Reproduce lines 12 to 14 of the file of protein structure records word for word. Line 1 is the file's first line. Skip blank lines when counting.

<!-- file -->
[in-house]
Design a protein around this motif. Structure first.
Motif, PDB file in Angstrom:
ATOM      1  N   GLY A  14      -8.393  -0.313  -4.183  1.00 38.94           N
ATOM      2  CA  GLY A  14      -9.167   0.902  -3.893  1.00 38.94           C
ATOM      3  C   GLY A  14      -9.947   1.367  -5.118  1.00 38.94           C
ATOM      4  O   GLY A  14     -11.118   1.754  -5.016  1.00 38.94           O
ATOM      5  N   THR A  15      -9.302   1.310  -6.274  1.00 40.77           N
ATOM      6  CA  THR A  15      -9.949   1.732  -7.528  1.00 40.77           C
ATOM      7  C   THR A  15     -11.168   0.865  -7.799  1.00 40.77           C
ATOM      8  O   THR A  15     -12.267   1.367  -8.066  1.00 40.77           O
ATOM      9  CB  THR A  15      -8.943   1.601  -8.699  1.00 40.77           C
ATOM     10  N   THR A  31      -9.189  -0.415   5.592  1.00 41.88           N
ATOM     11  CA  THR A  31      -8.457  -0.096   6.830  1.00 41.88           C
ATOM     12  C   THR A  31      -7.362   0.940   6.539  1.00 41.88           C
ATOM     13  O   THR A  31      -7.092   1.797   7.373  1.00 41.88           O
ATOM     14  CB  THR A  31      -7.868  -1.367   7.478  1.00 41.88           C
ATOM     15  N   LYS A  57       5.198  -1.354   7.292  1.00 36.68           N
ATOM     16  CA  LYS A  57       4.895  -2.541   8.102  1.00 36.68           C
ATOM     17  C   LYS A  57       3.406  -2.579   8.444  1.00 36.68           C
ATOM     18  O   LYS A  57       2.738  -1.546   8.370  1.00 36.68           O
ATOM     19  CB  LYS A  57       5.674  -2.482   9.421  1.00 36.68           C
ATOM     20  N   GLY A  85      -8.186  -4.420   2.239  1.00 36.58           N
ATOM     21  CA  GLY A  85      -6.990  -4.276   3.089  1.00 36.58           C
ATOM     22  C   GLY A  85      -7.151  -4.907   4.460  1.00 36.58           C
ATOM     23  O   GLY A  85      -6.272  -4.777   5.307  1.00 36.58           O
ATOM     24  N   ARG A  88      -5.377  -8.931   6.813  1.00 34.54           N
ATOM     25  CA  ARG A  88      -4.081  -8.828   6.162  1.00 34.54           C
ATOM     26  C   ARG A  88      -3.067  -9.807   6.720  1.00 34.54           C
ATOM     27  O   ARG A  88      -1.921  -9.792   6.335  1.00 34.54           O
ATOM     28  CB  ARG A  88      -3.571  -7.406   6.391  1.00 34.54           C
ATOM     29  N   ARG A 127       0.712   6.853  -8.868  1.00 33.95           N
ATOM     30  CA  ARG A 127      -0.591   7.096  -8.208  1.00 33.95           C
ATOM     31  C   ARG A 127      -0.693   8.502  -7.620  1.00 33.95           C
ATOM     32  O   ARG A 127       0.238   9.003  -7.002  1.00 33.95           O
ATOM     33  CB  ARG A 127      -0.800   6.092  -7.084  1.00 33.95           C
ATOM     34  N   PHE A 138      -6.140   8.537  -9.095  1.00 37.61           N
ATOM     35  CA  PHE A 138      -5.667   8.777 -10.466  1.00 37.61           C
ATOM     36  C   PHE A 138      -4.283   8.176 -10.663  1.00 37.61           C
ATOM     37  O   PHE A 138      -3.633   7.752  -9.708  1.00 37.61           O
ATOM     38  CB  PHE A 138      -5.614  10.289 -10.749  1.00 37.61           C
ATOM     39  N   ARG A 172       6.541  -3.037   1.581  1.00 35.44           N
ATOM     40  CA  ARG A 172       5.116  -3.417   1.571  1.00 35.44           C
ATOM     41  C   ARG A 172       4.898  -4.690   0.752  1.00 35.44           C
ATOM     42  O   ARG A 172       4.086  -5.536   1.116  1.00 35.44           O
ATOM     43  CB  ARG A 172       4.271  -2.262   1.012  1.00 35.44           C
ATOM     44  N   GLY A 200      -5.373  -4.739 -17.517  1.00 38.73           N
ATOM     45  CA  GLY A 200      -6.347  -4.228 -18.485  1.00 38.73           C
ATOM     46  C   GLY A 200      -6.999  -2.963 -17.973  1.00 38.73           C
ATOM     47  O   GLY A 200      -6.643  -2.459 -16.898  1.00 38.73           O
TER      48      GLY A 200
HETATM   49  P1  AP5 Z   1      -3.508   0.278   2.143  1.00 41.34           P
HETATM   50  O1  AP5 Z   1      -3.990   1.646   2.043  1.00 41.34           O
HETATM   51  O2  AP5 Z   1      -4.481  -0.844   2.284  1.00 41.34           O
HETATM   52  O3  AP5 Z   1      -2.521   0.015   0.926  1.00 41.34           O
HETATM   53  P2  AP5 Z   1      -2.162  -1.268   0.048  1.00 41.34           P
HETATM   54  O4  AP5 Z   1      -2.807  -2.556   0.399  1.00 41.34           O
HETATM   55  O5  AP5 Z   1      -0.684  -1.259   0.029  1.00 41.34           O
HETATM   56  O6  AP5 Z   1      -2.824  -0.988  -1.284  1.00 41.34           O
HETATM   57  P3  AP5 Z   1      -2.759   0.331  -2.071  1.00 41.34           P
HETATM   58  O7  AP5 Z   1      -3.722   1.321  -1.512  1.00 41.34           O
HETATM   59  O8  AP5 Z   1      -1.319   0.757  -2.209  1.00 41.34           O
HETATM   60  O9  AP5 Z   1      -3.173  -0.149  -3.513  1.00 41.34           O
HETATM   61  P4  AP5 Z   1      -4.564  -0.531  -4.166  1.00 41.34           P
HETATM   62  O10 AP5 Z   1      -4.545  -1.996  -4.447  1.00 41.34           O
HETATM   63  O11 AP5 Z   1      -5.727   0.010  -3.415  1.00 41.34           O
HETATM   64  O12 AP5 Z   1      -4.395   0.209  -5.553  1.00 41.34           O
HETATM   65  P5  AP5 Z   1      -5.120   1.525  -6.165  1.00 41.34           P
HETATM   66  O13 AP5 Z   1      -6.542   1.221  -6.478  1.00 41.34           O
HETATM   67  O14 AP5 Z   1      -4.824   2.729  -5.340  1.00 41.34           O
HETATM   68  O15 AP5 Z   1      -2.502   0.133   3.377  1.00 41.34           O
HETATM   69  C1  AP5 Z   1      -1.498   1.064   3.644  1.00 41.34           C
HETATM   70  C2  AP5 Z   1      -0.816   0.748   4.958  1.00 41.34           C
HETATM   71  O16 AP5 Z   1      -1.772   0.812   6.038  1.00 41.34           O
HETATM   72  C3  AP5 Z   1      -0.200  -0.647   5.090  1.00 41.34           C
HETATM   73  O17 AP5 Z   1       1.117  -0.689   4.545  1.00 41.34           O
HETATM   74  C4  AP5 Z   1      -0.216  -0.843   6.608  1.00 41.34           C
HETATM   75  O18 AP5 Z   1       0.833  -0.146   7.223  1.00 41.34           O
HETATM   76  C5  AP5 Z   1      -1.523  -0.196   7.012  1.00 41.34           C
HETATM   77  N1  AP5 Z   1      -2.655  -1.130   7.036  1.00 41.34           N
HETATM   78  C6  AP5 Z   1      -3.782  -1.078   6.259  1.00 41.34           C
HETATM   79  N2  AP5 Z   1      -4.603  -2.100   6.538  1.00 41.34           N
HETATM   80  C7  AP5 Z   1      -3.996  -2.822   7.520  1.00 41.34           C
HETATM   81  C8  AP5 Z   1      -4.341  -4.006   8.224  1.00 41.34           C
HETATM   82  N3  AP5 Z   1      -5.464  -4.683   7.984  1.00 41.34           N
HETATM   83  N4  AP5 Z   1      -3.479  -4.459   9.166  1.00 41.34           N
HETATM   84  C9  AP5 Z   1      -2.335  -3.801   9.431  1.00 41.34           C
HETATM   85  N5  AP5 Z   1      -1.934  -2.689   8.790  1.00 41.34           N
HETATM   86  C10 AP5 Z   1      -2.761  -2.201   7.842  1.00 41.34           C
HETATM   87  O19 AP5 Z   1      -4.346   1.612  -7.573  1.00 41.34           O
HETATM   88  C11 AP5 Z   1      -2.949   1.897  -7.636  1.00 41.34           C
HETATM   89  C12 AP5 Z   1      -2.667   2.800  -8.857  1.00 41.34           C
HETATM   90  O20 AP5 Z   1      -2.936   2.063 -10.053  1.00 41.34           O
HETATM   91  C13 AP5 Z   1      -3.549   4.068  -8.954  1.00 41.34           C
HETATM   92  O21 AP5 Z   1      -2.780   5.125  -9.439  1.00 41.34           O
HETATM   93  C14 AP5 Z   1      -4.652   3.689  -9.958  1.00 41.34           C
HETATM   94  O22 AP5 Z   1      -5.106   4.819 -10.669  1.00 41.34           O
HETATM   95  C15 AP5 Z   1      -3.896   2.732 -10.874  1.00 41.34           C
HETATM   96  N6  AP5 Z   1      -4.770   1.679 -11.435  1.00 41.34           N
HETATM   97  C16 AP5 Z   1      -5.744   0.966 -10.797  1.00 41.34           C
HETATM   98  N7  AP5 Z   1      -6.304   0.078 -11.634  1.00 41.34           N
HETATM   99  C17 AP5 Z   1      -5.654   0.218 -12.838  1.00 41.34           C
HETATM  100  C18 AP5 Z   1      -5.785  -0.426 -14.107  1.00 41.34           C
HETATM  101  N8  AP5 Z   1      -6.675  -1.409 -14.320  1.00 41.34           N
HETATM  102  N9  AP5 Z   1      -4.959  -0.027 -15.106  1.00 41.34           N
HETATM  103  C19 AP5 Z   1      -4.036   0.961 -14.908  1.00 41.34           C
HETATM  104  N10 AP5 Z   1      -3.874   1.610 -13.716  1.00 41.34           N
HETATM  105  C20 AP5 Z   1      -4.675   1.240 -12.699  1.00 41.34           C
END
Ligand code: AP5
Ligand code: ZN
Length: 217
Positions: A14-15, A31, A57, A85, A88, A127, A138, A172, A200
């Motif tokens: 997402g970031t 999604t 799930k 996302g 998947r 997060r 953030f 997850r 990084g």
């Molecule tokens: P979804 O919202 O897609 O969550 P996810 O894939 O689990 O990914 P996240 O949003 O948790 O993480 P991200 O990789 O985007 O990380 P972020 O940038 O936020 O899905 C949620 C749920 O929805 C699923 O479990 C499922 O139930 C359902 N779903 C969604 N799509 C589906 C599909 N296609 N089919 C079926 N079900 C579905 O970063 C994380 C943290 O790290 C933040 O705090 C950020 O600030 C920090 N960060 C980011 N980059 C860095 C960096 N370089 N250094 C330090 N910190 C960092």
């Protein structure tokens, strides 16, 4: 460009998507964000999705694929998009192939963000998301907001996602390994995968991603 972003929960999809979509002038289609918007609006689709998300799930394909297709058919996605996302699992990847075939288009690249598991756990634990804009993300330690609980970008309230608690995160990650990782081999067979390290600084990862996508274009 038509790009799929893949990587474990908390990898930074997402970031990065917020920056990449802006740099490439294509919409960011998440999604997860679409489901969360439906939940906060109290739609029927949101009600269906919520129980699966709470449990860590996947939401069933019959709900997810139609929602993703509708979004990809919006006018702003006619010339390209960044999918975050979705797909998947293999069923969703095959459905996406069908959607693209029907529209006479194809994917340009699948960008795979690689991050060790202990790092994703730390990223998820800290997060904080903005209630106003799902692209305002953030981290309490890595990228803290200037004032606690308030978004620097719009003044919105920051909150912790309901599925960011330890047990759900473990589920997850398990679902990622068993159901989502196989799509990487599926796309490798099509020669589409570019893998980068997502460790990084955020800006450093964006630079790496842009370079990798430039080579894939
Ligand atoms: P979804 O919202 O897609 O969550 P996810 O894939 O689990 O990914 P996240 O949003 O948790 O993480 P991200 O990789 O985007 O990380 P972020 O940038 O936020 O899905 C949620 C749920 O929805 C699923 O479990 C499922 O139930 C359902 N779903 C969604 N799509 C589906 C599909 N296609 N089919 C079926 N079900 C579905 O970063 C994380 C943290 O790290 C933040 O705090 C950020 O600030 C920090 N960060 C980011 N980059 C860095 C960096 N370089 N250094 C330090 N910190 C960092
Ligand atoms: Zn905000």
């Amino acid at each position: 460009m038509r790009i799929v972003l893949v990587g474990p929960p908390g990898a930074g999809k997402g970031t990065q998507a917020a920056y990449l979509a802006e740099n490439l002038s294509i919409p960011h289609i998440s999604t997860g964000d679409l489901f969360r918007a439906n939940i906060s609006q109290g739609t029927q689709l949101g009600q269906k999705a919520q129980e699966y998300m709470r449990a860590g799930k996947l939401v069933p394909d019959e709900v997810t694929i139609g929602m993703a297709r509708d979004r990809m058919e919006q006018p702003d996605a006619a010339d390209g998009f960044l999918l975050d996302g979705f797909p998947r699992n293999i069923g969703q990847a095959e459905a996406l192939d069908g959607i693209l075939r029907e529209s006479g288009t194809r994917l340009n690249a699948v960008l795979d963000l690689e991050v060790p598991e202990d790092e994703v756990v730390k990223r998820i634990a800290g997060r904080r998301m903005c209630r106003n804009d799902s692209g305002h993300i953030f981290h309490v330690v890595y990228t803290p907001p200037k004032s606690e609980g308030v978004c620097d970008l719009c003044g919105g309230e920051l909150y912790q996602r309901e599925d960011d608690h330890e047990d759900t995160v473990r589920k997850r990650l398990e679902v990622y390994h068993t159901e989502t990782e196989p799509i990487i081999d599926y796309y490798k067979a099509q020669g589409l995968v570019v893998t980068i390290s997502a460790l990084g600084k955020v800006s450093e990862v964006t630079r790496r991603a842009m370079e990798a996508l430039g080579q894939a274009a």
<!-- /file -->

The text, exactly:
ATOM      9  CB  THR A  15      -8.943   1.601  -8.699  1.00 40.77           C
ATOM     10  N   THR A  31      -9.189  -0.415   5.592  1.00 41.88           N
ATOM     11  CA  THR A  31      -8.457  -0.096   6.830  1.00 41.88           C